Dysplastic Moles Not Necessarily Precursor to Melanoma But Indicate Increased Risk

MedicalResearch.com Interview with:

Caroline C. Kim, M.D. Associate Professor, Department of Dermatology Harvard Medical School Director, Pigmented Lesion Clinic Associate Director, Cutaneous Oncology Program Beth Israel Deaconess Medical Center Boston, MA 02215

Dr. Kim

Caroline C. Kim, M.D.
Associate Professor, Department of Dermatology
Harvard Medical School
Director, Pigmented Lesion Clinic
Associate Director, Cutaneous Oncology Program
Beth Israel Deaconess Medical Center
Boston, MA 02215

MedicalResearch.com:  What is the background for this study?  What are the main findings?

Response: Atypical/dysplastic nevi have been identified as risk factors for melanoma, however the majority of melanomas arise as new lesions on the skin.

Unlike other models of dysplasia having a clear trajectory towards cancer as seen in cervical dysplasia, dysplastic nevi are not proven to be obligate precursors for melanoma.  However, there is little evidence to guide the management of biopsied dysplastic nevi with positive margins, with much clinical variation in the management of moderately dysplastic nevi in particular.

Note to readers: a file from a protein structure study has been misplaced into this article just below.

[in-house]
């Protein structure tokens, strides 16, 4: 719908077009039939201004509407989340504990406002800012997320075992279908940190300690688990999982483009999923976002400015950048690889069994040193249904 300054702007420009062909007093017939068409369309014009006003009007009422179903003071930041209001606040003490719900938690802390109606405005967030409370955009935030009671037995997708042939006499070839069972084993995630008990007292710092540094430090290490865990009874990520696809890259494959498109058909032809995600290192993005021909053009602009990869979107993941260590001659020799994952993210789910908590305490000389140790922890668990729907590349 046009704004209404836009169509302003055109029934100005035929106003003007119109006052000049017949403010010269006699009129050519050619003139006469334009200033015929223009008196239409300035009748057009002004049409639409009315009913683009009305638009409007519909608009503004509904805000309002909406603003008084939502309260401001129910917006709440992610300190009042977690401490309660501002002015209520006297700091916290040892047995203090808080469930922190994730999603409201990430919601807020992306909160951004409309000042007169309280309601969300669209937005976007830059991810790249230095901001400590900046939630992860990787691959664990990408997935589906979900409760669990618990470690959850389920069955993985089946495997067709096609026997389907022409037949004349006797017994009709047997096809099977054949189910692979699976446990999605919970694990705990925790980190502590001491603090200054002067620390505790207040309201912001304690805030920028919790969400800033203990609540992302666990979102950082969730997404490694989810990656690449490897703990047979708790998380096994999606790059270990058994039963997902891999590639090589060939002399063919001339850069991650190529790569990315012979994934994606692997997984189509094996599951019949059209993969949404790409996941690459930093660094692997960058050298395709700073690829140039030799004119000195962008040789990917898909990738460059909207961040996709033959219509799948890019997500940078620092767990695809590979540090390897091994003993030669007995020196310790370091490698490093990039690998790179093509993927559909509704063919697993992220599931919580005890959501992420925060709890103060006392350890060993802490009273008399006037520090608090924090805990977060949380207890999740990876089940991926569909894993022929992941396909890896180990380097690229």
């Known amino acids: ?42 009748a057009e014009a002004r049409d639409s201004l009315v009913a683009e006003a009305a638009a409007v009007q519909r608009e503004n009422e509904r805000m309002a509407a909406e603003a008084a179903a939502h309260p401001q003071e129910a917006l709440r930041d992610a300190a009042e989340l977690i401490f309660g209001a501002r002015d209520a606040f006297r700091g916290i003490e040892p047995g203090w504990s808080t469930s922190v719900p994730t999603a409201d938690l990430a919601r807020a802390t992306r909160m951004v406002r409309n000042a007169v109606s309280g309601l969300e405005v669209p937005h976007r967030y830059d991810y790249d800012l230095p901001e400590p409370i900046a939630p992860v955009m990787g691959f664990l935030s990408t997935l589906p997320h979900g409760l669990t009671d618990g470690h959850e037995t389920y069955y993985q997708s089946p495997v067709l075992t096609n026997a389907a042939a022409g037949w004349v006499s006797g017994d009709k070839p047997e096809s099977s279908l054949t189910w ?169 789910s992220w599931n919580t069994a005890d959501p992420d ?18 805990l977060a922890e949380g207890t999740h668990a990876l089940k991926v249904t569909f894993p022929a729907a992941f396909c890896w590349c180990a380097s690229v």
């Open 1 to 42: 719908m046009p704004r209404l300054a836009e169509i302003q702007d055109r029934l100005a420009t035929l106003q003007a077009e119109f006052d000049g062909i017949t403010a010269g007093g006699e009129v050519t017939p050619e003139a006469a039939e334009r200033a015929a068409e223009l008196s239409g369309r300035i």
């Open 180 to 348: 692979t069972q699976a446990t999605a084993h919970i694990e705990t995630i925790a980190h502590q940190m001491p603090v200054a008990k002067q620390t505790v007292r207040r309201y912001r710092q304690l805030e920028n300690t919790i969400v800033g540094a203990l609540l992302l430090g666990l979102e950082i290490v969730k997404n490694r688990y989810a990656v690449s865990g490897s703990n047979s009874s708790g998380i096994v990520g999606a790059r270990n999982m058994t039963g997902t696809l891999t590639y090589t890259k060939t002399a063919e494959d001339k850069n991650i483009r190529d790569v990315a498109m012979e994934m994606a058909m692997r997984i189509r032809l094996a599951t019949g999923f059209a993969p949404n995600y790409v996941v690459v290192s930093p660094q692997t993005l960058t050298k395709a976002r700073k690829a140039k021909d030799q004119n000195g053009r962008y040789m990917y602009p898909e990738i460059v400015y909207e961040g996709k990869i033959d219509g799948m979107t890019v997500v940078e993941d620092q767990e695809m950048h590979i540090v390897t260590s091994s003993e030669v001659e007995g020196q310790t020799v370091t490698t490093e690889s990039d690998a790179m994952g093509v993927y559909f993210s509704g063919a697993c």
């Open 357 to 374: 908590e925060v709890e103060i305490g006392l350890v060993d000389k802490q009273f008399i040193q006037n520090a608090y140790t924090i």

In this multi-center national study of 9 U.S. academic centers, we examined outcomes of 467 moderately dysplastic nevi excisionally biopsied without residual clinical pigmentation but with positive histologic margins with at least 3 years of clinical follow-up.  We found that no cases developed into a same-site melanoma with a mean follow-up time of 6.9 years. However, 22.8% of our patients went on to develop a future separate site melanoma.

MedicalResearch.com: What should readers take away from your report?

Response: Our findings suggest that observation with routine skin surveillance is a reasonable approach for moderately dysplastic nevi excisionally biopsied with positive histologic margins. Having 2 more biopsied dysplastic nevi, one of which is moderately dysplastic was found to be associated with increased risk for subsequent cutaneous melanoma at a separate site. Our findings underscore that dysplastic nevi are not obligate precursors for melanoma, but rather, are phenotypic markers for patients at risk for melanoma.

MedicalResearch.com: What recommendations do you have for future research as a result of this work?

Response: –Future, prospective research with larger numbers of cases would strengthen our conclusions.

Citation:

Kim CC, Berry EG, Marchetti MA, et al. Risk of Subsequent Cutaneous Melanoma in Moderately Dysplastic Nevi Excisionally Biopsied but With Positive Histologic Margins. JAMA Dermatol. Published online October 10, 2018. doi:10.1001/jamadermatol.2018.3359

 

Oct 14, 2018 @ 1:37 pm

 

 

 

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